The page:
ORT Argentinas competition winners enjoy London visit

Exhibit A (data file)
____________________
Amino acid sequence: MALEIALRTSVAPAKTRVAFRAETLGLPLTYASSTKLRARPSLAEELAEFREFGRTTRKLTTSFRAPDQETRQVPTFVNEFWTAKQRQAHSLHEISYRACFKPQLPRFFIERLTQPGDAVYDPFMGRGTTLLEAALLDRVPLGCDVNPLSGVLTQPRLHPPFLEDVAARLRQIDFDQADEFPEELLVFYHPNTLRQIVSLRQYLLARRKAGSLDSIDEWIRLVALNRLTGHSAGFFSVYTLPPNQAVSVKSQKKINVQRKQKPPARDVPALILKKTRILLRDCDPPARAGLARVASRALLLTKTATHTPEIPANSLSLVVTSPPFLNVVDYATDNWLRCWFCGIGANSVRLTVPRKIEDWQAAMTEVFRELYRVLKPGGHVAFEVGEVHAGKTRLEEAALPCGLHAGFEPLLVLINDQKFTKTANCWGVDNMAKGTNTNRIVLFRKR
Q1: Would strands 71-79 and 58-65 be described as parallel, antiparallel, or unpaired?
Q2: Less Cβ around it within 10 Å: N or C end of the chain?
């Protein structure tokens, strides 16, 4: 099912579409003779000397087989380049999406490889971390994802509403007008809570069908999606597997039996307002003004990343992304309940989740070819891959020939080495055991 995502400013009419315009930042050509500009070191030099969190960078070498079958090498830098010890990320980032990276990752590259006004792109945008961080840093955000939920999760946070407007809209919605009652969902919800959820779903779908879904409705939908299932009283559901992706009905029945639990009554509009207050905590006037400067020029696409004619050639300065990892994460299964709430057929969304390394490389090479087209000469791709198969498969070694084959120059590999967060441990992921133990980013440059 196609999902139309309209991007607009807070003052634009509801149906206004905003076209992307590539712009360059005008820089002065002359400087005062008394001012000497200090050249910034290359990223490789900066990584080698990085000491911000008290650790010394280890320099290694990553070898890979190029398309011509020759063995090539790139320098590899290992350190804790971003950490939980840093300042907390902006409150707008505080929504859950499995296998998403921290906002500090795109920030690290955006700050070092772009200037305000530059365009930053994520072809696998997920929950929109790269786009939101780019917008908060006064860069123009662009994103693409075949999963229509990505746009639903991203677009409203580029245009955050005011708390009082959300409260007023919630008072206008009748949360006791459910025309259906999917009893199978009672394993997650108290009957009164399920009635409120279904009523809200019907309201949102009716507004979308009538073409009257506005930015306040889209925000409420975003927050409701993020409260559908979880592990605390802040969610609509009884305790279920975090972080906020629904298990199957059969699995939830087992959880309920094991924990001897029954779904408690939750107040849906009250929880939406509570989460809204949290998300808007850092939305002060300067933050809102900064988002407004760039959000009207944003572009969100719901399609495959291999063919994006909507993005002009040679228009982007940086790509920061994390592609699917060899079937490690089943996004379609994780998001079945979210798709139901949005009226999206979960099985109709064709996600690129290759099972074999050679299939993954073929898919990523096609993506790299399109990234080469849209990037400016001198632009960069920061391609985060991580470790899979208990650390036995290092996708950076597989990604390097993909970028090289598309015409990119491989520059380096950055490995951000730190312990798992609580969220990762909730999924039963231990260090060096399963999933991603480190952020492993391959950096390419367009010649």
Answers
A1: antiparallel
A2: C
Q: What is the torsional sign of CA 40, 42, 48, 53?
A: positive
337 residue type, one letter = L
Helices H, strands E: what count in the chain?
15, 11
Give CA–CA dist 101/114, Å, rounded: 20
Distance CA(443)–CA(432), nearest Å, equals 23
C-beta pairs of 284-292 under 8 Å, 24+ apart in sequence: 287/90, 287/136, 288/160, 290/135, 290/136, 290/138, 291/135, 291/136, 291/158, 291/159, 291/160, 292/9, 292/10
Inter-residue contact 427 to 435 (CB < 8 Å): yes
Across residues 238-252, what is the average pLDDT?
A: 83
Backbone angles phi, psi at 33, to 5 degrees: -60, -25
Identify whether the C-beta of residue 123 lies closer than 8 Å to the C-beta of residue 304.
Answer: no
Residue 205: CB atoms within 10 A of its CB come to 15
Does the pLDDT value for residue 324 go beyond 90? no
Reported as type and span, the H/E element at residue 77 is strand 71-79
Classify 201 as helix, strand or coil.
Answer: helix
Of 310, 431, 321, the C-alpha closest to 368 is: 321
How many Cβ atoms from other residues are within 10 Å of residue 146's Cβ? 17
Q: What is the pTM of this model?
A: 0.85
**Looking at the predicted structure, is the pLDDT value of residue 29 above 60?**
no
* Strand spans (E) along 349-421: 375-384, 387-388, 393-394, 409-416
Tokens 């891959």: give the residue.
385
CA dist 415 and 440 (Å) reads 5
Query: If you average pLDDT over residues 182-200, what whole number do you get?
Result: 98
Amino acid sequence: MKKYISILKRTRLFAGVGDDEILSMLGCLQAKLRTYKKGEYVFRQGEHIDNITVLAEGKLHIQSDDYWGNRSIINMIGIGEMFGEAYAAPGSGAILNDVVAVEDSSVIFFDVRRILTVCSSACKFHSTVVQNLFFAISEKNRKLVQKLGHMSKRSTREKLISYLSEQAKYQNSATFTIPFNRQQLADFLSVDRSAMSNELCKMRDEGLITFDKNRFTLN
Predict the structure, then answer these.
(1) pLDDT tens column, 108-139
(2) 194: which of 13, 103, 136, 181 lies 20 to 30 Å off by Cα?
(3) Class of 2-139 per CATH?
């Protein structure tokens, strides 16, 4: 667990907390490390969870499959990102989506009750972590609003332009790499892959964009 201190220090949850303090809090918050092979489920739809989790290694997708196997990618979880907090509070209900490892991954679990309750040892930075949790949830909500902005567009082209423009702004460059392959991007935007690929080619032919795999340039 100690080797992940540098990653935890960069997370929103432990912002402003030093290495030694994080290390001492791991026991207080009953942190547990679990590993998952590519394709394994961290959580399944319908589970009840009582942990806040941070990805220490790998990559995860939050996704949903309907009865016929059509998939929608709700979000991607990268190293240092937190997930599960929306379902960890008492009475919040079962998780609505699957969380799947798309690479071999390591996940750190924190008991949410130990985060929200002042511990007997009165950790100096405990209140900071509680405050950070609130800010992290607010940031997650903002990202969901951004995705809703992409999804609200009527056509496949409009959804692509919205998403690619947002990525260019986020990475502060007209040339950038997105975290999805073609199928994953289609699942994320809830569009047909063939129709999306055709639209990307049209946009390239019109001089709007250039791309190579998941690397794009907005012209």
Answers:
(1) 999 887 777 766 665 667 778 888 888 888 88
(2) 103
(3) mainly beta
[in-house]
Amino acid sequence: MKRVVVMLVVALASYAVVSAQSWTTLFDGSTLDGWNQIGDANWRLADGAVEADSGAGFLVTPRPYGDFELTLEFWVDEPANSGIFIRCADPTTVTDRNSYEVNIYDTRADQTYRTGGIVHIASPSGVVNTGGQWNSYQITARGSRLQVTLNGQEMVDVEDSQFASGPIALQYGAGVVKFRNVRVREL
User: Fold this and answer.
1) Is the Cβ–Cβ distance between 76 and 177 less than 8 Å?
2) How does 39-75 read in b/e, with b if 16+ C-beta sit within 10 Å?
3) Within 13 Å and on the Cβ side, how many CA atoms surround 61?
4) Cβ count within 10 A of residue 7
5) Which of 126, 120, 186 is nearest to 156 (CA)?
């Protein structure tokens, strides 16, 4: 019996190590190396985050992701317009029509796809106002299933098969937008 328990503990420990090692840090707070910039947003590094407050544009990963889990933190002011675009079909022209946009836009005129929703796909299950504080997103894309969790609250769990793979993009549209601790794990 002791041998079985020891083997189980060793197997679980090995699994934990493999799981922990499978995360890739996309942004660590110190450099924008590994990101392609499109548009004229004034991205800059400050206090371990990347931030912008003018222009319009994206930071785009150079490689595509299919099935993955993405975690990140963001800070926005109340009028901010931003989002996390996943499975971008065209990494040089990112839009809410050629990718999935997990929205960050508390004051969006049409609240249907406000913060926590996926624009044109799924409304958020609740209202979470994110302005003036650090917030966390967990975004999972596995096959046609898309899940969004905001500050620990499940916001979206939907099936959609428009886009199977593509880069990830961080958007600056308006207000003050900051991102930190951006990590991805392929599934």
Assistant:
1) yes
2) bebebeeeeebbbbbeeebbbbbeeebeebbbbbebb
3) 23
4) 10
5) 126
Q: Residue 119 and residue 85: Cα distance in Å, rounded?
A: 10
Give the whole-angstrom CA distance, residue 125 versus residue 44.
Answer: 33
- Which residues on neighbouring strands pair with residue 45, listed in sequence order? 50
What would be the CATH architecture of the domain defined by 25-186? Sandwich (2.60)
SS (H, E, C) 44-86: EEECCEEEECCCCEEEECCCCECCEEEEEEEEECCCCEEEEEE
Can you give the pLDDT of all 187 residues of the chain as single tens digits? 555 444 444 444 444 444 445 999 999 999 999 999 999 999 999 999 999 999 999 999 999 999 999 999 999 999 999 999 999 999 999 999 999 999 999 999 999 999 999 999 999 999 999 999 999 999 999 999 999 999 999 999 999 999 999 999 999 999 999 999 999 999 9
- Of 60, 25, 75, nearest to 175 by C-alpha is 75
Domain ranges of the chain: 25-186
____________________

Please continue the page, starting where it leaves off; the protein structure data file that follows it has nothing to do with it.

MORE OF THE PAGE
December 5, 2005 ORT Argentinas competition winners enjoy London visit The three Buenos Aries students who won the inaugural World ORT Design for Sustainability Competition have enjoyed a sightseeing trip to London their first time in the British capital. Accompanied by their science teacher Silvana Perlmuter, Martin Micheles, and Matias and Federico Smeke managed to squeeze in visits to the British Museum, Science Museum, Shakespeares Globe theatre, the Tate Gallery, the London Eye and the musical We Will Rock You. Its been brilliant, said Matias. Ms Perlmuter who, with colleague Eduardo Brandes Ficher, supervised the boys competition project, said she was very proud of the students achievement. The students also gave a demonstration of their winning entry to the participants of the World ORT Hatter Technology Seminar at ORT House. Winners of the Design for Sustainability competition explain their project as Dr Gaby Meyassed, Head of World ORTs Education and Technology Department, looks on. The Didactic Kit to Study Bio-purifying Organisms had been picked by judges as the best of 16 high quality entries from Argentina, France, Israel, Moldova, Russia, Ukraine and Uruguay. Each entry had to submit a portfolio of their project, including pictures of the three-dimensional models they had built. Federico, who wants to pursue a career designing scientific computer programmes when he is older, said the idea for the project was the result of the threes brainstorming sessions in their schools Science Club. In Buenos Aries we have a big problem with pollution, he said. Last year we worked on the problem of air contamination, so this year we decided to work on water contamination and how to clean it up. The boys, who worked on the project during their free time, admitted they did not think they would win the international competition. The important thing was to take part, Federico said. The boys also had positive things to say about their school. It gives us the opportunity to do a lot of things that students at other schools cant do, like the Science Club, said Martin. These extra curricular classes are free at ORT, which is very important. At other schools, you have to pay to be part of such things which means that some students are unable to do it. They agreed that they were learning many valuable skills at the Science Club. We learn to work with other people, including people we wouldnt normally work with, such as students from other years, said Federico. So we get to make new friends as well as learn more about science. Their winning entry impressed judges for its green credentials as well as its inventiveness, said World ORTs Research and Development Coordinator, Dr Osnat Dagan, who organised the competition. ORT Argentina, which opened its first school in 1941, now has more than 7,300 students at two high schools and two Institutes of Technology.